Public sector cannot go it alone on aid financing, says OECD

18 Jul 16

The involvement of the private sector is urgently needed to fill the substantial gap left by public money in funding the Sustainable Development Goals, according to the OECD.


While public funding sources delivered a record $132bn in 2015, estimates for achieving the ambitious SDGs by 2030 range as high as $4.3tn per year.

As well as a new source of funds, the OECD highlighted that the private sector can bring efficiencies, innovation, jobs and infrastructure with their investments.

Although private sector support is sorely needed, the OECD said the public sector will have to approach its attempts to bring the private sector on board carefully to ensure success.

In the foreword of the OECD’s annual Development Cooperation Report, published today, OECD secretary-general Angel Gurría said: “To go from the billions to trillions in sustainable finance, and to do so in a way that is respectful of the environment, and of human needs and rights, will require inputs from across the board.”

Public sector spending will have to be “smart and strategic”, he continued, and should help to mobilise private cash. The OECD highlighted blended finance and social impact investments as two key ways to achieve this.

The former, a mix of grant and non-grant financing, usually from private sources, provides “largely untapped potential” to increase investment by removing bottlenecks for the private sector, it said. For example, a public grant could serve as a de-risking instrument to enable the private sector to be involved.

But while calling for blended finance to be scaled up, the OECD warned that this should be done in a way that avoids crowding out private finance or causing market distortions.

Effective measurement of social impact investments will also be key, the report said. Social impact investments are a payment-by-results method of finance, whereby the private sector provides funds upfront and is then re-compensated by the public sector or a donor based on results achieved.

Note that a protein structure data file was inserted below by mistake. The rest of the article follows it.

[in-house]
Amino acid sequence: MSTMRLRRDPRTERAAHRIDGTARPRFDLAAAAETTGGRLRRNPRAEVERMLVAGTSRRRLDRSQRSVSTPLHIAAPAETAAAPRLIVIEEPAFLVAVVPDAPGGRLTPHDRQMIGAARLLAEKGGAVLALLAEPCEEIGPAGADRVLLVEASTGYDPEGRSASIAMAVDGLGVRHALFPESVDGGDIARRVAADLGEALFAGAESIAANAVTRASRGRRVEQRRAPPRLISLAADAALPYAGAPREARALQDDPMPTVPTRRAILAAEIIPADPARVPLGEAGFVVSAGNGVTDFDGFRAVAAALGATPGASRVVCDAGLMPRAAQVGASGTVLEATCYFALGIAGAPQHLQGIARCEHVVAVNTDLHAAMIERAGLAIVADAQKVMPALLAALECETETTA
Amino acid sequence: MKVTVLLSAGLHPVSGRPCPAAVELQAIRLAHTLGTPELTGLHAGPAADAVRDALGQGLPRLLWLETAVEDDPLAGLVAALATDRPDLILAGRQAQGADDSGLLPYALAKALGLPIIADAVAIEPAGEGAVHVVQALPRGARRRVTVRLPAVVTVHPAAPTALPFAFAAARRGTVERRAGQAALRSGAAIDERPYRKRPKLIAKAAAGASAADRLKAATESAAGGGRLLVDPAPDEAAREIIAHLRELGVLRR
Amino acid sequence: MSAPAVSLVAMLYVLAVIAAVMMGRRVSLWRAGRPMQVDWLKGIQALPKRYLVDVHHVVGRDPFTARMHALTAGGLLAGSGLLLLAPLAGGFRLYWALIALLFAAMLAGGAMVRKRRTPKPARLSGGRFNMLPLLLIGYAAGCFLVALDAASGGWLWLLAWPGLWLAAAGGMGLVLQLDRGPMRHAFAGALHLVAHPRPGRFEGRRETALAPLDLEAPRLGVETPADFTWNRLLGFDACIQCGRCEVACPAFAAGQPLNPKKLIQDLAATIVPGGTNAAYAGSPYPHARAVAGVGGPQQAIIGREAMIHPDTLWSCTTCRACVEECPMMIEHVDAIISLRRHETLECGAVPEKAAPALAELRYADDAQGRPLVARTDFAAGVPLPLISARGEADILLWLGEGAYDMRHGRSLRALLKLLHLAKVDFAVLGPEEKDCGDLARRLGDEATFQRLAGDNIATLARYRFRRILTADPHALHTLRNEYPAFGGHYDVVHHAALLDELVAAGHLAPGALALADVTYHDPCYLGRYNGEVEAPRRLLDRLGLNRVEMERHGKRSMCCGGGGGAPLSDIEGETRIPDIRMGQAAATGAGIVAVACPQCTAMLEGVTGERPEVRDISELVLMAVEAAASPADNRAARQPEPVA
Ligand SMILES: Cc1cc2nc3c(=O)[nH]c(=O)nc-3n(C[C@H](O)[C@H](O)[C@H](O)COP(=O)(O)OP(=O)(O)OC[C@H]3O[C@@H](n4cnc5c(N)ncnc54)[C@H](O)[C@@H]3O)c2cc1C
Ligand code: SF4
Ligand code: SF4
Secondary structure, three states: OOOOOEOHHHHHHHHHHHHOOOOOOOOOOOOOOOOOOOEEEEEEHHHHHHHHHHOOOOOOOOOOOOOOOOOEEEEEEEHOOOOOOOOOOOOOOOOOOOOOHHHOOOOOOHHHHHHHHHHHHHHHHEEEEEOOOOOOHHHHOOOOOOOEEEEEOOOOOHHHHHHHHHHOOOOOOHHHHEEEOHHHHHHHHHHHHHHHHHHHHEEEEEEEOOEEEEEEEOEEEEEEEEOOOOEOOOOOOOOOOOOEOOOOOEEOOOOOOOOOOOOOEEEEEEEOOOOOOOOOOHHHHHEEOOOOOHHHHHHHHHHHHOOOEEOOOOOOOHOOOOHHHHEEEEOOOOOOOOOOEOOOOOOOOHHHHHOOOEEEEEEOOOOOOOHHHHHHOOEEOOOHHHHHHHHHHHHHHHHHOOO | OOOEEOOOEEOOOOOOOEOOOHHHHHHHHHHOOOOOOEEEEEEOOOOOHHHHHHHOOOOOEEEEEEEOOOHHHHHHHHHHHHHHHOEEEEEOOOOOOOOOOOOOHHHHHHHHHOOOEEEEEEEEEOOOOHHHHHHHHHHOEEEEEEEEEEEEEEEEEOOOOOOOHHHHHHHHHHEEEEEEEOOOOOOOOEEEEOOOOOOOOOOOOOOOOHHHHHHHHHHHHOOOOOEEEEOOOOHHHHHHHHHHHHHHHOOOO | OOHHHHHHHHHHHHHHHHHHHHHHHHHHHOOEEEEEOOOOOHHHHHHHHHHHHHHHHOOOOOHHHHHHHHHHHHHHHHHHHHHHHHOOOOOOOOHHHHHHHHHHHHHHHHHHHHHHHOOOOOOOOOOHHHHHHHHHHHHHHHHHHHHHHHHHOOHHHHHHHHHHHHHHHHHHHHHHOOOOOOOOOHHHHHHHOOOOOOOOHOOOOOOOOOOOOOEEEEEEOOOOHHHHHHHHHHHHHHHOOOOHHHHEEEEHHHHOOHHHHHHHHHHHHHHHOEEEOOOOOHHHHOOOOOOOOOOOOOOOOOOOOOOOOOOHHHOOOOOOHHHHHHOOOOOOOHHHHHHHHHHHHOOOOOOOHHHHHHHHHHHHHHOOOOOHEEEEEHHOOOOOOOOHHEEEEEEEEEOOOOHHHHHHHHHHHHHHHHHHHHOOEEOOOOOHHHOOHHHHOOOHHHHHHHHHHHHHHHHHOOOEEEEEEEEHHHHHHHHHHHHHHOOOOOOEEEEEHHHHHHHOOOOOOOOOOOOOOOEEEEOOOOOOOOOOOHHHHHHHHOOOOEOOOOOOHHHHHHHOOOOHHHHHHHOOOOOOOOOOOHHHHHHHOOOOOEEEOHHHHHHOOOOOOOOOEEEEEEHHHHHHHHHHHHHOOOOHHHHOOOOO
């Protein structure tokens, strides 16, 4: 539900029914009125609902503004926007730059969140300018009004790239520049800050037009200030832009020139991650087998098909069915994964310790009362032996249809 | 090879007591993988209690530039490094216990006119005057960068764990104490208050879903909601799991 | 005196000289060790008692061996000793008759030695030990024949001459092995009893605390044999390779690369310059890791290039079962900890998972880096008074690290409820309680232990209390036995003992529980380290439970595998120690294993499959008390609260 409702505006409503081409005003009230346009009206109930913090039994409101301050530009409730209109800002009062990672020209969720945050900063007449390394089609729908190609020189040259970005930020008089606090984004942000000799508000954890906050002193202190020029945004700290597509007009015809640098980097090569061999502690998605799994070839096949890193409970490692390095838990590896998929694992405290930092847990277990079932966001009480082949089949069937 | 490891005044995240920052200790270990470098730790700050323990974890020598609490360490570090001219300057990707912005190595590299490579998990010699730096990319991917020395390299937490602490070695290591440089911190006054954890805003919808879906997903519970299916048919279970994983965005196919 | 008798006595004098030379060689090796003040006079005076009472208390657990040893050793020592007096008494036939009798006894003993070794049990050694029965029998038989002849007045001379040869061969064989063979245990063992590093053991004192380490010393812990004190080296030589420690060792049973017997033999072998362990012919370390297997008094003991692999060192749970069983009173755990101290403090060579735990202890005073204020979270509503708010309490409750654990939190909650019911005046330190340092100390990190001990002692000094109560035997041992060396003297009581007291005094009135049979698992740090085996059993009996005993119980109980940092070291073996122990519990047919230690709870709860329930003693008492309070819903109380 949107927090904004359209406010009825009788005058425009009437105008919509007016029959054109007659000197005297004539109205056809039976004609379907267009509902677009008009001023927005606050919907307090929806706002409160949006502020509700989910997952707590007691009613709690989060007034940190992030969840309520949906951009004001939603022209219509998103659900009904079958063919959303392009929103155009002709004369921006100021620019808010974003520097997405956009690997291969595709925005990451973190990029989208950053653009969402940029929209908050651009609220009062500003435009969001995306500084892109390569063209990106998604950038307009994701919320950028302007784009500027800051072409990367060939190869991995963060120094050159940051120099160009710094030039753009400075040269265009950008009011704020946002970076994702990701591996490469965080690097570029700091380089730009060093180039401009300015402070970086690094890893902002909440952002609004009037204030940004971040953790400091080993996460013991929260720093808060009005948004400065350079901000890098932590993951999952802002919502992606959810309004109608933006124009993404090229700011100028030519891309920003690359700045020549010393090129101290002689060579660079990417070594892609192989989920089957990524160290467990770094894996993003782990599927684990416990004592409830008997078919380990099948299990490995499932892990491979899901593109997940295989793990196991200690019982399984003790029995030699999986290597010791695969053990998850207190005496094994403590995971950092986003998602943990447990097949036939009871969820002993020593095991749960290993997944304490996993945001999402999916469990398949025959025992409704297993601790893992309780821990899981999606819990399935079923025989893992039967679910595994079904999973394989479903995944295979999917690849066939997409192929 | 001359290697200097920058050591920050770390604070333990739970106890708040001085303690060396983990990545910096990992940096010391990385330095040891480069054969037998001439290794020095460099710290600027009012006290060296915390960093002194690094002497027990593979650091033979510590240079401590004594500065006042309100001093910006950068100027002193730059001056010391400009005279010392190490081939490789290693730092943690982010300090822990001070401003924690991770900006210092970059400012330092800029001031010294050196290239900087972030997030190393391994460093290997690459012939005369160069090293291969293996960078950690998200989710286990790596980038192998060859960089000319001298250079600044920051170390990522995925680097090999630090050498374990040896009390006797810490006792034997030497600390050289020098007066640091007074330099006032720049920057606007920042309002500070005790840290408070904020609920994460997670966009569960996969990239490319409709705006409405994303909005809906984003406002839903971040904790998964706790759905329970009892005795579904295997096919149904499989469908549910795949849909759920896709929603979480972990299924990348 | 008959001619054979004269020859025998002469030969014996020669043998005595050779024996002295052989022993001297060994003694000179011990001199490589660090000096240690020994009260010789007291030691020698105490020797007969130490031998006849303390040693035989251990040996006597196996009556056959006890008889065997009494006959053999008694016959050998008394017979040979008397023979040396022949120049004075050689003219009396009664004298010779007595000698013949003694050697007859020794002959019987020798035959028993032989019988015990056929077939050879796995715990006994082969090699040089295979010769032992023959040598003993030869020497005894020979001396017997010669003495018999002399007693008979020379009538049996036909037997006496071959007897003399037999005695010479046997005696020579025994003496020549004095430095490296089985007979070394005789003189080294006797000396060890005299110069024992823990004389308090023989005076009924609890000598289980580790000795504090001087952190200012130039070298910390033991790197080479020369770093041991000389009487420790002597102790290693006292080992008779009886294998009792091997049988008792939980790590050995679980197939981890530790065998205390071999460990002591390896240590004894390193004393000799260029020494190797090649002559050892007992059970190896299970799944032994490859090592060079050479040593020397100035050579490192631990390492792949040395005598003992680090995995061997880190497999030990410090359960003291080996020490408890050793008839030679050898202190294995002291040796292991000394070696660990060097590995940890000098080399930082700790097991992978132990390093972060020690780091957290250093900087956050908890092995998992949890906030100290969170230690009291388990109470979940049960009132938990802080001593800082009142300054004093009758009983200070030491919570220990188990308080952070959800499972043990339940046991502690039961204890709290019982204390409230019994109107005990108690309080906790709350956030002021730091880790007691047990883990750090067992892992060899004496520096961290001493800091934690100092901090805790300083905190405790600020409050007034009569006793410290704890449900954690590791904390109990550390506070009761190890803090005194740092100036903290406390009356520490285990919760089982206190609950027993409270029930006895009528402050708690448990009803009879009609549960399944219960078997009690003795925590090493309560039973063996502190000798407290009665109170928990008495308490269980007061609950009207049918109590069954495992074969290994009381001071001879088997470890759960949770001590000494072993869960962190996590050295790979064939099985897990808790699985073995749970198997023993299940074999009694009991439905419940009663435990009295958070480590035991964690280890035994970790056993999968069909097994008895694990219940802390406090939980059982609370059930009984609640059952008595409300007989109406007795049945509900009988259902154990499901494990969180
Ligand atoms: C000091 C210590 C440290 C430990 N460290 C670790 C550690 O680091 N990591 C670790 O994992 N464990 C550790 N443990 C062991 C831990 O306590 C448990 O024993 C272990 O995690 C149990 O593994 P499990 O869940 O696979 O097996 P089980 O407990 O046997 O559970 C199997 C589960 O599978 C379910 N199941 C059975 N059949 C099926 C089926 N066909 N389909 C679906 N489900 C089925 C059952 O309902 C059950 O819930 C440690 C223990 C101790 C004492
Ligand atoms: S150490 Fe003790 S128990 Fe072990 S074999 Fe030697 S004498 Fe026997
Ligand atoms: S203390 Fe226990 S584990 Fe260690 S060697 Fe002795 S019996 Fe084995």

This will require a shift from measuring inputs to measuring outcomes, developing means of assessing direct and indirect impacts and strengthening investor understanding of various impact measurement tools, the report said.

Other recommendations in the report included using public funds to strengthen the overall governance framework and ensuring a sound business environment in developing countries or establishing platforms for knowledge exchange within the social impact investment sector.

The OECD also highlighted foreign direct investment as a key pathway to reaching the sustainable development goals.

While already the greatest source of international capital flows to developing countries, the OECD warned that global flows have started to decelerate. It called on countries to work to improve business climates and create conditions that increase investment while maximising its social and economic returns.

The public sector will also have to work to ensure its commercial counterparts are held to high social, environmental and transparency standards, and develop means to measure the complex and often elusive effects public finance has on mobilising private investment. 

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